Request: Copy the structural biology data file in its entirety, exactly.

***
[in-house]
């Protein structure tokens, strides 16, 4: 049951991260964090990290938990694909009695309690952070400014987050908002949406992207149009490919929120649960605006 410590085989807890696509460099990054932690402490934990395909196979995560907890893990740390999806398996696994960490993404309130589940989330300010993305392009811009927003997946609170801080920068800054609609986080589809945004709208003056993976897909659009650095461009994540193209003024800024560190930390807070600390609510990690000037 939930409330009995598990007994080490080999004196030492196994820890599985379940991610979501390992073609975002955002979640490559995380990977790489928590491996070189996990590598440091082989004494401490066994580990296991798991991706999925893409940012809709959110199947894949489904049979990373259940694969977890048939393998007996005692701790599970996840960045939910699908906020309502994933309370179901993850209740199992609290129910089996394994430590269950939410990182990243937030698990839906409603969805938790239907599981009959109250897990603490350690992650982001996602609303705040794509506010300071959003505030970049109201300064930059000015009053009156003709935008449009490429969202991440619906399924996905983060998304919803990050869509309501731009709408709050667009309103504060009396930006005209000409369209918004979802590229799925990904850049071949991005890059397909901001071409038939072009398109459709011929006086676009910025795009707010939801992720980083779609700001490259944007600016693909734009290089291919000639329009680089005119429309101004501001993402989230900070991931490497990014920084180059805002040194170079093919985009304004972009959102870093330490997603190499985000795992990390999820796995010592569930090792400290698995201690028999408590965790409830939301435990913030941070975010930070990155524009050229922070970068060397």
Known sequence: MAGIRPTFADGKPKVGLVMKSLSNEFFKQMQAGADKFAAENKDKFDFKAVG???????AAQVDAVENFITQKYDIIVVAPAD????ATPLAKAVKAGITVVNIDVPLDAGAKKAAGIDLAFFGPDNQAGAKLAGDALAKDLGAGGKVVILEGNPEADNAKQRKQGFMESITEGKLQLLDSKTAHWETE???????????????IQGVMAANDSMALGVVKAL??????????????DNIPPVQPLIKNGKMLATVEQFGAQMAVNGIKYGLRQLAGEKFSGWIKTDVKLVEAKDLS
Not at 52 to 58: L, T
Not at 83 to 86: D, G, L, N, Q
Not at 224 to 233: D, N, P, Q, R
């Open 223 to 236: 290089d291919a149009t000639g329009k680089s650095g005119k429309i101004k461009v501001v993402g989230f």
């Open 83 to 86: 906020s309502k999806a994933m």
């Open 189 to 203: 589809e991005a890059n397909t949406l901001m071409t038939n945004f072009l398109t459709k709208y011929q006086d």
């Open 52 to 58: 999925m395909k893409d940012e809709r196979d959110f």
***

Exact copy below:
[in-house]
């Protein structure tokens, strides 16, 4: 049951991260964090990290938990694909009695309690952070400014987050908002949406992207149009490919929120649960605006 410590085989807890696509460099990054932690402490934990395909196979995560907890893990740390999806398996696994960490993404309130589940989330300010993305392009811009927003997946609170801080920068800054609609986080589809945004709208003056993976897909659009650095461009994540193209003024800024560190930390807070600390609510990690000037 939930409330009995598990007994080490080999004196030492196994820890599985379940991610979501390992073609975002955002979640490559995380990977790489928590491996070189996990590598440091082989004494401490066994580990296991798991991706999925893409940012809709959110199947894949489904049979990373259940694969977890048939393998007996005692701790599970996840960045939910699908906020309502994933309370179901993850209740199992609290129910089996394994430590269950939410990182990243937030698990839906409603969805938790239907599981009959109250897990603490350690992650982001996602609303705040794509506010300071959003505030970049109201300064930059000015009053009156003709935008449009490429969202991440619906399924996905983060998304919803990050869509309501731009709408709050667009309103504060009396930006005209000409369209918004979802590229799925990904850049071949991005890059397909901001071409038939072009398109459709011929006086676009910025795009707010939801992720980083779609700001490259944007600016693909734009290089291919000639329009680089005119429309101004501001993402989230900070991931490497990014920084180059805002040194170079093919985009304004972009959102870093330490997603190499985000795992990390999820796995010592569930090792400290698995201690028999408590965790409830939301435990913030941070975010930070990155524009050229922070970068060397």
Known sequence: MAGIRPTFADGKPKVGLVMKSLSNEFFKQMQAGADKFAAENKDKFDFKAVG???????AAQVDAVENFITQKYDIIVVAPAD????ATPLAKAVKAGITVVNIDVPLDAGAKKAAGIDLAFFGPDNQAGAKLAGDALAKDLGAGGKVVILEGNPEADNAKQRKQGFMESITEGKLQLLDSKTAHWETE???????????????IQGVMAANDSMALGVVKAL??????????????DNIPPVQPLIKNGKMLATVEQFGAQMAVNGIKYGLRQLAGEKFSGWIKTDVKLVEAKDLS
Not at 52 to 58: L, T
Not at 83 to 86: D, G, L, N, Q
Not at 224 to 233: D, N, P, Q, R
């Open 223 to 236: 290089d291919a149009t000639g329009k680089s650095g005119k429309i101004k461009v501001v993402g989230f």
């Open 83 to 86: 906020s309502k999806a994933m």
């Open 189 to 203: 589809e991005a890059n397909t949406l901001m071409t038939n945004f072009l398109t459709k709208y011929q006086d």
């Open 52 to 58: 999925m395909k893409d940012e809709r196979d959110f």